Photos By: Duane C. Fernandez Sr. Hardnotts Photography L.L.C.
Story By: Duane C. Fernandez Sr.
On Friday, June 17, two days before Father’s Day, Juneteenth and his birthday, Yarnell Sampson ventured out on his journey to the Orlando Free Fall ride in ICON Park. He went to
ICON PARK to get peace,” he said.
Yarnell was surprised to find that three months after his 14-year-old son Tyre Sampson had fallen to his death from the ride, that the memorial of flowers, balloons and photographs along the fencing surrounding the ride were gone, and had been replaced by discarded trash and bottles. Many of the people passing by didn't know that a young man had actually died right on that site Yarnell said.
Yarnell Sampson and members of his family joined civil rights attorney Benjamin Crump, State
Rep. Geraldine Thompson and local activists on Monday June 20, at a press conference to
call for the ride to be torn down.
Tyre Sampson died March 24 after falling from the ride. The autopsy report released last week confirmed the 6-foot-4, 383-pound teenager weighed about a 100 pounds more than ride’s weight limit would allow. The Sampson family filed a lawsuit in April against the ride’s owner, SlingShot Group, its landlord ICON Park and various manufacturers and installers who worked on the drop tower, alleging negligence.
During the press conference on Monday attorney Crump said," these companies cannot be allowed to get away with this. Tyre Sampson’s death does matter.” State Rep Thompson, D-Orlando, will file the "Tyre Sampson bill" on the first day of the next state legislative session on March 7, 2023. "The bill would take into account the “safety record” of any company that wants to build and operate a ride like the Free Fall tower," State Rep Thompson said. Slingshot Group already has a lease with ICON Park to launch a second ride.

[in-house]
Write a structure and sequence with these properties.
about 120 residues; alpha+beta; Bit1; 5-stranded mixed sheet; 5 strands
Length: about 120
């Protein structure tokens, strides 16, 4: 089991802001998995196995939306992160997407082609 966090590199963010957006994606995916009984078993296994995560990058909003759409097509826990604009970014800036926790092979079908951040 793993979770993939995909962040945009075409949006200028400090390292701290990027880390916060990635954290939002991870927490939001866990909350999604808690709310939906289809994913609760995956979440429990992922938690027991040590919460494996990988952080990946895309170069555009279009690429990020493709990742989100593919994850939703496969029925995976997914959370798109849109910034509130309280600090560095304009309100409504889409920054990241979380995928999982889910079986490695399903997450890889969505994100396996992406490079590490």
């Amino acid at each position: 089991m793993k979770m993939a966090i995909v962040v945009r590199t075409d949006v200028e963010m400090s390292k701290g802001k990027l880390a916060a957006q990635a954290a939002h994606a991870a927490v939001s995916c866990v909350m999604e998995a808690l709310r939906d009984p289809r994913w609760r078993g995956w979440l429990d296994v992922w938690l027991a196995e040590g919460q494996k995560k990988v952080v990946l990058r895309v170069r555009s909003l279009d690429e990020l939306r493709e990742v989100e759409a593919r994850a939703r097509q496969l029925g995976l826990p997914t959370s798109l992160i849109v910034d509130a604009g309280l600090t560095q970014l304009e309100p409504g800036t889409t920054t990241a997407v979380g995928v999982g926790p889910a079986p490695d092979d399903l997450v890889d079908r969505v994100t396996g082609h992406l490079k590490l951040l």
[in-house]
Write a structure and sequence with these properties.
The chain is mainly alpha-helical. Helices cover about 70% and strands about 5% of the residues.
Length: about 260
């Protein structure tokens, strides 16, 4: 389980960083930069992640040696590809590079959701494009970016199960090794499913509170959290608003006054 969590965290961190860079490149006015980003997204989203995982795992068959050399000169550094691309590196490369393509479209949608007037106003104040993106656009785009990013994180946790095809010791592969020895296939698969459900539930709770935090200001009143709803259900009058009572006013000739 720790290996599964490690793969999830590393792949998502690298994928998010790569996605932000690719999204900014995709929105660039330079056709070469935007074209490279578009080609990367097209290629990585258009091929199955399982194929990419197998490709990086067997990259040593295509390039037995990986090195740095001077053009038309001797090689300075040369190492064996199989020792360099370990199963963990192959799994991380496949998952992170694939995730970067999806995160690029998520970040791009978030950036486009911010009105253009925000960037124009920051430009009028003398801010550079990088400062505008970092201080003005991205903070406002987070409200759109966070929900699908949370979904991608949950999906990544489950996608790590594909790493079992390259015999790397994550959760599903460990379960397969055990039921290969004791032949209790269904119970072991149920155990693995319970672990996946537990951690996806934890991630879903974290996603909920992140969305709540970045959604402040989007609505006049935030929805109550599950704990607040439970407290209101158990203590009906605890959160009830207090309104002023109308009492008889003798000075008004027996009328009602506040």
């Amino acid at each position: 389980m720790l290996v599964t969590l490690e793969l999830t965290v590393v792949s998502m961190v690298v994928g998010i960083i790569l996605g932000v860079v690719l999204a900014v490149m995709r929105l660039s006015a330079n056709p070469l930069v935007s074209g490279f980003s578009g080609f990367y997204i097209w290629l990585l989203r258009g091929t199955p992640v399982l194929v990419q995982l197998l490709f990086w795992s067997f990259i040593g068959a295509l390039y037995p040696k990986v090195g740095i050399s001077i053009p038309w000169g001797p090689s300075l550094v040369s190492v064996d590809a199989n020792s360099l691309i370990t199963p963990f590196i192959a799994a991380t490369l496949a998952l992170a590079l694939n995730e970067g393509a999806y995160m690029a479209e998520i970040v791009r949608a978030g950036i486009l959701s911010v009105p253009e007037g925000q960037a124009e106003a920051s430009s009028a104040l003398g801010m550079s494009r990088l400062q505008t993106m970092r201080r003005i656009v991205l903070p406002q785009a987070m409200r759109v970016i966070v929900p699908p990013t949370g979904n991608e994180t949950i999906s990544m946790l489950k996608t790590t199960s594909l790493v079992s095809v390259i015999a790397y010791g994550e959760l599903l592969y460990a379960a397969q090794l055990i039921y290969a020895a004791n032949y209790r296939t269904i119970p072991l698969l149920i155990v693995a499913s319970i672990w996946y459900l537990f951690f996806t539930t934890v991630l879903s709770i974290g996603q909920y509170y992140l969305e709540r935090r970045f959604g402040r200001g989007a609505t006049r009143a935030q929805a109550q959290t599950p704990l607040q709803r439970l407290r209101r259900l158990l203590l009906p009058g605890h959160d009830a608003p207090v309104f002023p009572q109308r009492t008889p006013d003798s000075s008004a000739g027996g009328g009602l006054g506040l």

“The Slingshot Group want to open a second ride as if Tyre Sampson’s life never mattered at all," said, Sampson, who wore a shirt emblazoned with the words “Fly High Beloved Son” and a picture of his son in football gear. Sampson pressed his concern about enacting change before someone else dies. "The fatal tragedy of Tyre Sampson hasn’t stopped the ride operators and owners from conducting business as usual," Sampson added. He said that he believes it's because his son was a Black child from St. Louis, Mo., meaningful action has been moving very slow. Sampson went on to say this accident shouldn't be a color thing, it's a human thing.
Sampson’s attorneys, are fighting to turn the site into a permanent memorial.
The Juneteenth Project Coalition pleaded for people to sign a petition calling for accountability among the ride operators and ICON Park. As of Monday afternoon, it had garnered 342 signatures, but the coalition and Sampson are asking for at least 25,000. “He was 14 years old. He was a kid,” said Sampson. During the press conference on Monday, Juneteenth Project Coalition founder Tina Wilson stood near the Free Fall ride with a megaphone demanding for the ride to be torn down and pleading with the community to join their protest.